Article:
It is also known to form a bill from coated burlap. However, burlap often does not maintain the desired bill shape effectively and may be prone to creasing.
Ideally, the bill has sufficient rigidity to be shape retentive, is readily reducible to a compact state, is soft enough so as not to produce uncomfortable contact with a user in a compacted state, and is repeatedly restorable to its original shape. Heretofore, cardboard-type materials for the core sheet have realized some of the above objectives. With controlled deformation of the cardboard through repetitive bending, the cardboard tends to soften and maintains a clean arch shape. However, the cardboard, at least initially, is somewhat stiff and prone to permanent deformation, which detracts from the appearance of the cap.
The invention is directed to a headwear piece having a crown portion to extend at least partially around the head of a wearer to maintain the headwear piece in an operative position on a wearer's head and a bill projecting from the crown portion. The bill has a core element with a base layer made from expanded foam.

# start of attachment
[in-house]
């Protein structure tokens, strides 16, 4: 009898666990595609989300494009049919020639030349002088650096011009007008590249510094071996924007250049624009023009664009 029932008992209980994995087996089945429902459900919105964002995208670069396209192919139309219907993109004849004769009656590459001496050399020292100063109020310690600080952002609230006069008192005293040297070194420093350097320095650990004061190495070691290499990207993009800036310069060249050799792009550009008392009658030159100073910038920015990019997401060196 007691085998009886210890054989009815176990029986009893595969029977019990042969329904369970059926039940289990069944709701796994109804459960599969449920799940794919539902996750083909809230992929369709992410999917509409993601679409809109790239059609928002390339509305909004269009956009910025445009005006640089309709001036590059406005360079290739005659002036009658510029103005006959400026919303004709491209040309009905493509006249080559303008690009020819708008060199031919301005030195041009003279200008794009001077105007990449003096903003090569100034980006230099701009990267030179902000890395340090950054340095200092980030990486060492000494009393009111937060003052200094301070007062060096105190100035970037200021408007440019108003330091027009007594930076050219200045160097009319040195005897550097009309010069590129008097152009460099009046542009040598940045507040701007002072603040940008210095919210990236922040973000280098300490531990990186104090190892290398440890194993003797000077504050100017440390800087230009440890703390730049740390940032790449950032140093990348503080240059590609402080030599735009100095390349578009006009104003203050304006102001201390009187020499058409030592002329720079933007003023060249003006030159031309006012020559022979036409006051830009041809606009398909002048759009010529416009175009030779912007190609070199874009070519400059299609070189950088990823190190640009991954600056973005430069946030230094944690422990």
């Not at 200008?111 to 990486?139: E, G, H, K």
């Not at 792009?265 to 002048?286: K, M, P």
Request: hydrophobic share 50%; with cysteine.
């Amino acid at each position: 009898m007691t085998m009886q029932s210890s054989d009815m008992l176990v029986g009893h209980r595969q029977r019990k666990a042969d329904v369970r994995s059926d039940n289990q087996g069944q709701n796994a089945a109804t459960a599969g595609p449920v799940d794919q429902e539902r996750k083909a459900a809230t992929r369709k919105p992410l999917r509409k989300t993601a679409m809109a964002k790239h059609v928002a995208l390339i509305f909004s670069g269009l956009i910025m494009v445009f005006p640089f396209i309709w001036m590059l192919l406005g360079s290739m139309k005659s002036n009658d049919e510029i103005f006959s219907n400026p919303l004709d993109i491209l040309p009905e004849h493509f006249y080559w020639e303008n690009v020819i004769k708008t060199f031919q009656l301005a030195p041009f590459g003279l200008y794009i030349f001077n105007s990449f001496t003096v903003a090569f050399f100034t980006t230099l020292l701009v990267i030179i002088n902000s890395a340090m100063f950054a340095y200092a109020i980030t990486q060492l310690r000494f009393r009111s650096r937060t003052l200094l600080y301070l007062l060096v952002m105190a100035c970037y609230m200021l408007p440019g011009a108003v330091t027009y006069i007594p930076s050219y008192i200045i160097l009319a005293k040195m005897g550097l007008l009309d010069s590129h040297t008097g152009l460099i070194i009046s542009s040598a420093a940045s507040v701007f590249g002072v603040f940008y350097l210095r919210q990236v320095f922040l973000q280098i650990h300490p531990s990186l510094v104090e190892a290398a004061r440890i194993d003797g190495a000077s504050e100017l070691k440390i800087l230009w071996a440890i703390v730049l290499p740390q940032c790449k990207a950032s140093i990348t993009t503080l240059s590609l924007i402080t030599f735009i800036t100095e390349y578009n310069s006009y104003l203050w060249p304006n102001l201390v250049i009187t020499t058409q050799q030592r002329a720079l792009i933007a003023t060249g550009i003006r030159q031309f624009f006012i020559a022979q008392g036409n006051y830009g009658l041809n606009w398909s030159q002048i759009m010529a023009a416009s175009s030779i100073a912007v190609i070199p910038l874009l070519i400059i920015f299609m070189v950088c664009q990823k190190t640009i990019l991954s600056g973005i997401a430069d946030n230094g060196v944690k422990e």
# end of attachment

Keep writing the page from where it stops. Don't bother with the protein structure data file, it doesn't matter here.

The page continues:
In one form, the expanded foam is an expanded polyvinyl chloride.
The crown portion may have an inverted cup shape.
In one form, the bill has first and second sheets of fabric and at least part of the core element resides between the first and second sheets of fabric.
The base layer may have a thickness on the order of at least 0.08 inches.
The core element may include a skin applied over the base layer.
The skin may be made form polyvinyl chloride.